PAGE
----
Business Maverick

Mini Budget 2020

SAA gets special treatment in Mboweni’s mini budget 

Illustrative image | Source: Waldo Swiegers / Bloomberg via Getty Images

SAA is the only state-owned entity to get ‘new’ money from the government in the Medium-Term Budget Policy Statement. Others, such as SA Express, Eskom and the Land Bank got zip. And Denel — on the brink of collapse — was also snubbed.

Finance Minister Tito Mboweni has caved in to pressure from his Cabinet colleagues to continue supporting state-owned enterprises (SOEs) – including those that are unproductive and guzzlers of taxpayer funds.

This is despite growing warnings from global development finance institutions such as the World Bank and International Monetary Fund for the government cut off support for SOEs at a time when public finances are deteriorating due to the Covid-19 pandemic.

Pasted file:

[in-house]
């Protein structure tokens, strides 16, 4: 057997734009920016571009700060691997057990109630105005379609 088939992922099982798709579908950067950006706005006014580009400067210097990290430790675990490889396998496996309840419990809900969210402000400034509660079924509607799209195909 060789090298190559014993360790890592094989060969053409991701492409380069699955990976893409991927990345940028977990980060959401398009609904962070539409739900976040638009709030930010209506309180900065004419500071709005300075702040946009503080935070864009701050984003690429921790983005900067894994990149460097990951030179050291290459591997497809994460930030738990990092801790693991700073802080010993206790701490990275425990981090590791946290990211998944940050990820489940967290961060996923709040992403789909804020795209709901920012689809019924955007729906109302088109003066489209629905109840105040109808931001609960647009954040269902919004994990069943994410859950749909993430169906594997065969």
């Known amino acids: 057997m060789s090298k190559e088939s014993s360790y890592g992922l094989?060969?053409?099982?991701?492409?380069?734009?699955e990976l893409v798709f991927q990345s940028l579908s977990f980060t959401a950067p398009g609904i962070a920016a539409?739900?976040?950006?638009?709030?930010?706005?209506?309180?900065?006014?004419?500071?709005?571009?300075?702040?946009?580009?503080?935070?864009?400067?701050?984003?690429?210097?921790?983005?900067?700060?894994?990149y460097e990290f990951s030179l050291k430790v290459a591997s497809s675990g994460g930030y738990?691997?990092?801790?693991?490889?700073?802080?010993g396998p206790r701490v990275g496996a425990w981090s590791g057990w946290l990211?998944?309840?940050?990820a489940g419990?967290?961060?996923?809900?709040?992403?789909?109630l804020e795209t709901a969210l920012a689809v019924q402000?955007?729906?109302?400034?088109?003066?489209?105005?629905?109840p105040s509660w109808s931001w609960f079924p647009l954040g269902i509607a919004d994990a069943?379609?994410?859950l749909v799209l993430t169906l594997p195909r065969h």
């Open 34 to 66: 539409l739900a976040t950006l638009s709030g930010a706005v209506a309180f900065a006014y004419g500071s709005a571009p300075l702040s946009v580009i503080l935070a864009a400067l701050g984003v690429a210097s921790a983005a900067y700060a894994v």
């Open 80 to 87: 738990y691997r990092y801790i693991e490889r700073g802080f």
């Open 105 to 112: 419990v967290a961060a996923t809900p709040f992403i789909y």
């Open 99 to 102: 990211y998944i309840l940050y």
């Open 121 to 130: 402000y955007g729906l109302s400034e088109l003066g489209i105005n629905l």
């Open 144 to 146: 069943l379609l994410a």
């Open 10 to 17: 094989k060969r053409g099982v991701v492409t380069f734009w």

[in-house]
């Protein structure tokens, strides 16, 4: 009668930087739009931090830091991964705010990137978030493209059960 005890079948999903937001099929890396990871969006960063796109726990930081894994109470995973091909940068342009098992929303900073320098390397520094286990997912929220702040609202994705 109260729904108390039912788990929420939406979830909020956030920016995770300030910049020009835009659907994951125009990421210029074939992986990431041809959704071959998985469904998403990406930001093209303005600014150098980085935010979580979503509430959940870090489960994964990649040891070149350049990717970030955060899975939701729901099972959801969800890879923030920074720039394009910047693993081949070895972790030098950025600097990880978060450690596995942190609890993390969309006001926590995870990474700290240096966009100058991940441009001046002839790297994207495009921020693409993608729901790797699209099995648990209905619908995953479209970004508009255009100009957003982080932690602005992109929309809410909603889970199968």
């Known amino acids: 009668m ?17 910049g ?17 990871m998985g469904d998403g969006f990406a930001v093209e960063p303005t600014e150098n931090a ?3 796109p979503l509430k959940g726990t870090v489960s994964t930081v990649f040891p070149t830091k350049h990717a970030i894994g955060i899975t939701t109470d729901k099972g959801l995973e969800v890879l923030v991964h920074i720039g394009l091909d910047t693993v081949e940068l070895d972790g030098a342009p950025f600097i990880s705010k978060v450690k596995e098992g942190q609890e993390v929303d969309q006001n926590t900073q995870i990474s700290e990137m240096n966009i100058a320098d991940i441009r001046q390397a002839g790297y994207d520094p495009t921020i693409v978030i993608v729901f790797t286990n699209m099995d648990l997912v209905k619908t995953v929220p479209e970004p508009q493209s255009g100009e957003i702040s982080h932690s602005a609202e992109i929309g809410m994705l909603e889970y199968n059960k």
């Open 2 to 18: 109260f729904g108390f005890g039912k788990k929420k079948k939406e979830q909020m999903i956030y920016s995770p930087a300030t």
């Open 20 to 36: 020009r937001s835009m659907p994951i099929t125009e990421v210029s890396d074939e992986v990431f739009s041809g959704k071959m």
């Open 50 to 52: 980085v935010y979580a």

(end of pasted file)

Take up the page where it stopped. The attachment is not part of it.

SAA is the only SOE that was allocated new money on Wednesday in the Medium-Term Budget Policy Statement (MTBPS), which outlines the government’s expenditure framework and fiscal policy over the next three years.

Mboweni awarded SAA R17 billion in financial support for its aviation operations, in the form of an equity injection (actual money transfer) and a government guarantee. A guarantee is an agreement that the government will pay an SOE’s outstanding debt to lenders if it defaults on loan payments. SOEs can use government guarantees to raise funds from lenders such as commercial banks and development finance institutions.